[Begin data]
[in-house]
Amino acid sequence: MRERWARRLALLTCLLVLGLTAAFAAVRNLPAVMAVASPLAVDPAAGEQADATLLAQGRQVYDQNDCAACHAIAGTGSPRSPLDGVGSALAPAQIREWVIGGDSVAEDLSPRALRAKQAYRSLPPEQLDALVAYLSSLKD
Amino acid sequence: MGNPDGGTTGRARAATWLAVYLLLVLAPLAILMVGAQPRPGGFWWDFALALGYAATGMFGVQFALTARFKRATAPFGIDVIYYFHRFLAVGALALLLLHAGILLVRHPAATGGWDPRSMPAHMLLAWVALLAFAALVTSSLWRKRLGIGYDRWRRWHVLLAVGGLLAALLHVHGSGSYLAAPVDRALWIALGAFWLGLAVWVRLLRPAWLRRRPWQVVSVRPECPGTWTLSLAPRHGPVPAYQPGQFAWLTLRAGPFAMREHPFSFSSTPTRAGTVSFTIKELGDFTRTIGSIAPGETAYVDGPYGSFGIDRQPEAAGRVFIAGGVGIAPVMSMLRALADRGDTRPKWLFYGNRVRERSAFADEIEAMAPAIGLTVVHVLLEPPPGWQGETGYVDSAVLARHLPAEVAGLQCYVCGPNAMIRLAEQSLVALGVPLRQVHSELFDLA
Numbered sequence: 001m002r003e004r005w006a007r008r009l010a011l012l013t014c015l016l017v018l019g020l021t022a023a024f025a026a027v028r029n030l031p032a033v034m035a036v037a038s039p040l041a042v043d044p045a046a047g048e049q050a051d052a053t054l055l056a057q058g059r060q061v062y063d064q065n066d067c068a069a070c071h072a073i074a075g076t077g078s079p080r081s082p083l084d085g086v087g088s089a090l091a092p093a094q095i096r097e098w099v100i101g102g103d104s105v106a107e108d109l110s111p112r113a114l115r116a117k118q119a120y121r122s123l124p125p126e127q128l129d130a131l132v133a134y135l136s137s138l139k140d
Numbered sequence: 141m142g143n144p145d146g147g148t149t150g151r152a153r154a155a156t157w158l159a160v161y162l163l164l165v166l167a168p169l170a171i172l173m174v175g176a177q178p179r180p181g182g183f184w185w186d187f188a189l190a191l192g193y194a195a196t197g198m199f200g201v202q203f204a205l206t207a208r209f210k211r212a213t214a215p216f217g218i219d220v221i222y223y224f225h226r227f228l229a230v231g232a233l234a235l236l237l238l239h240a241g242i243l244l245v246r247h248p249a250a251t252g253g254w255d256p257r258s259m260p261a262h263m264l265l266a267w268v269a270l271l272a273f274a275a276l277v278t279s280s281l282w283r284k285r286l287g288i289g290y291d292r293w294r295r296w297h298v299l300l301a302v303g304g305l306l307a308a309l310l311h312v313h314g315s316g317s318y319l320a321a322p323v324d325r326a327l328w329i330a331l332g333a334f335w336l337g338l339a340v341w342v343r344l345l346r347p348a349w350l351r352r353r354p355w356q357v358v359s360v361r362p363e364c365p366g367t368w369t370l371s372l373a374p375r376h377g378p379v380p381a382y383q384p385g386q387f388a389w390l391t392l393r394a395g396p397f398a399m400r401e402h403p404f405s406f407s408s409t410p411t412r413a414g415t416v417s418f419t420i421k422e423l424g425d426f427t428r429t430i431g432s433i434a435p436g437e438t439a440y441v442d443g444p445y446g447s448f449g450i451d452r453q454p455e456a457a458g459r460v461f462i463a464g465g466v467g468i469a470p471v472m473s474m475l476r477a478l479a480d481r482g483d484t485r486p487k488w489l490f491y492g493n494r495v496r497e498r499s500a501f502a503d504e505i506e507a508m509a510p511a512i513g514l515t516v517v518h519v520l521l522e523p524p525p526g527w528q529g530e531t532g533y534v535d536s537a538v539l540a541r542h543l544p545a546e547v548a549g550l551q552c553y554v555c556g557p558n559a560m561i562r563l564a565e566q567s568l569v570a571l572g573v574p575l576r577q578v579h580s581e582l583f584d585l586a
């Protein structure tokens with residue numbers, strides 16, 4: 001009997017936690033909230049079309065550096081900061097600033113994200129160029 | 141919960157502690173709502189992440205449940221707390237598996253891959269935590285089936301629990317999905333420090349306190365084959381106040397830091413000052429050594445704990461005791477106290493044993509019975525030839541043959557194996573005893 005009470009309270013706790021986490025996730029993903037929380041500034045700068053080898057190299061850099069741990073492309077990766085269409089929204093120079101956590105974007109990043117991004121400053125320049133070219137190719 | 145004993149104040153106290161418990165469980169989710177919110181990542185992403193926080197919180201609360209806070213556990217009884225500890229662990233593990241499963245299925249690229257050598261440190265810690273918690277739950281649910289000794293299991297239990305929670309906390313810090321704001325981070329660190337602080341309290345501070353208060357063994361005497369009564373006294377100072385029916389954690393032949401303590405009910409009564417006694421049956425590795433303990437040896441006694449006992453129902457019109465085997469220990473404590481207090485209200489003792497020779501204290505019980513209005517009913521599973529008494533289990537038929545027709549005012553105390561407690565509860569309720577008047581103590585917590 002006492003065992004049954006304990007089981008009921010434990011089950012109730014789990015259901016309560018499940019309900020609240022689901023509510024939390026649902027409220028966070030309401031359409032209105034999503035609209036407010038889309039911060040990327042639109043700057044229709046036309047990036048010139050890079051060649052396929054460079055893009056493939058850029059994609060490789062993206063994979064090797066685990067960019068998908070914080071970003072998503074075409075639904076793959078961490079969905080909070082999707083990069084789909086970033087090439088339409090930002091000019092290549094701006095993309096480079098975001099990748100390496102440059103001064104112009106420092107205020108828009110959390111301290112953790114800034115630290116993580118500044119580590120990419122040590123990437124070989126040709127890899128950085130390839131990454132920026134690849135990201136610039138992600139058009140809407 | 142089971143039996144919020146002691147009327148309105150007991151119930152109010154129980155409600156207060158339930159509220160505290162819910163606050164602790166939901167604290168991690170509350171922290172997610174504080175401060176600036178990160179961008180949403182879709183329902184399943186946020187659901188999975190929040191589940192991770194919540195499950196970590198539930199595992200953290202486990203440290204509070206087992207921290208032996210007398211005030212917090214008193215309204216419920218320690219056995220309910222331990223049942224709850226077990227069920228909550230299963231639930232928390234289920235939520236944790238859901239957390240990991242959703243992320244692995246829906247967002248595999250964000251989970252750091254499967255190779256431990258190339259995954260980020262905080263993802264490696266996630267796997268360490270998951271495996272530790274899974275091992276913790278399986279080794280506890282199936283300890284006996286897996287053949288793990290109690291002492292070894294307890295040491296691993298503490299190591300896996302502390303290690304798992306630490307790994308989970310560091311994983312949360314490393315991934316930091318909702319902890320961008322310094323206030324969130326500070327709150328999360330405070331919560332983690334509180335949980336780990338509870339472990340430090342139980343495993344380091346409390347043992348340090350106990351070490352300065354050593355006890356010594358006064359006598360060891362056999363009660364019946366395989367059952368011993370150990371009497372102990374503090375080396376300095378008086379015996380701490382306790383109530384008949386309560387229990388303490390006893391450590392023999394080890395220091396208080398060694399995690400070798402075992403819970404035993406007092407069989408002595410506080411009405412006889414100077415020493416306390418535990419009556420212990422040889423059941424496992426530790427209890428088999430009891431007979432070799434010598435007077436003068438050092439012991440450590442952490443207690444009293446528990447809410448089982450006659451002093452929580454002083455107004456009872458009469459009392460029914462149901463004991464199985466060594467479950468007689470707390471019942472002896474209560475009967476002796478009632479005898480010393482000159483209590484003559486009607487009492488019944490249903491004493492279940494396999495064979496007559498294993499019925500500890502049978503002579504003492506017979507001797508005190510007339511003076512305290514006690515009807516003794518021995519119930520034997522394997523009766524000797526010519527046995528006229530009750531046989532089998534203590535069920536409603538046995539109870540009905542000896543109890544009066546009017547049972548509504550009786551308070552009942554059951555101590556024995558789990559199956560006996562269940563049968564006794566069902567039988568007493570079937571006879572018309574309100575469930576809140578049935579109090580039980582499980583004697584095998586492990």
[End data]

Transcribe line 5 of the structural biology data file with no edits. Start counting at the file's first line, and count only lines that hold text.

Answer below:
Numbered sequence: 141m142g143n144p145d146g147g148t149t150g151r152a153r154a155a156t157w158l159a160v161y162l163l164l165v166l167a168p169l170a171i172l173m174v175g176a177q178p179r180p181g182g183f184w185w186d187f188a189l190a191l192g193y194a195a196t197g198m199f200g201v202q203f204a205l206t207a208r209f210k211r212a213t214a215p216f217g218i219d220v221i222y223y224f225h226r227f228l229a230v231g232a233l234a235l236l237l238l239h240a241g242i243l244l245v246r247h248p249a250a251t252g253g254w255d256p257r258s259m260p261a262h263m264l265l266a267w268v269a270l271l272a273f274a275a276l277v278t279s280s281l282w283r284k285r286l287g288i289g290y291d292r293w294r295r296w297h298v299l300l301a302v303g304g305l306l307a308a309l310l311h312v313h314g315s316g317s318y319l320a321a322p323v324d325r326a327l328w329i330a331l332g333a334f335w336l337g338l339a340v341w342v343r344l345l346r347p348a349w350l351r352r353r354p355w356q357v358v359s360v361r362p363e364c365p366g367t368w369t370l371s372l373a374p375r376h377g378p379v380p381a382y383q384p385g386q387f388a389w390l391t392l393r394a395g396p397f398a399m400r401e402h403p404f405s406f407s408s409t410p411t412r413a414g415t416v417s418f419t420i421k422e423l424g425d426f427t428r429t430i431g432s433i434a435p436g437e438t439a440y441v442d443g444p445y446g447s448f449g450i451d452r453q454p455e456a457a458g459r460v461f462i463a464g465g466v467g468i469a470p471v472m473s474m475l476r477a478l479a480d481r482g483d484t485r486p487k488w489l490f491y492g493n494r495v496r497e498r499s500a501f502a503d504e505i506e507a508m509a510p511a512i513g514l515t516v517v518h519v520l521l522e523p524p525p526g527w528q529g530e531t532g533y534v535d536s537a538v539l540a541r542h543l544p545a546e547v548a549g550l551q552c553y554v555c556g557p558n559a560m561i562r563l564a565e566q567s568l569v570a571l572g573v574p575l576r577q578v579h580s581e582l583f584d585l586a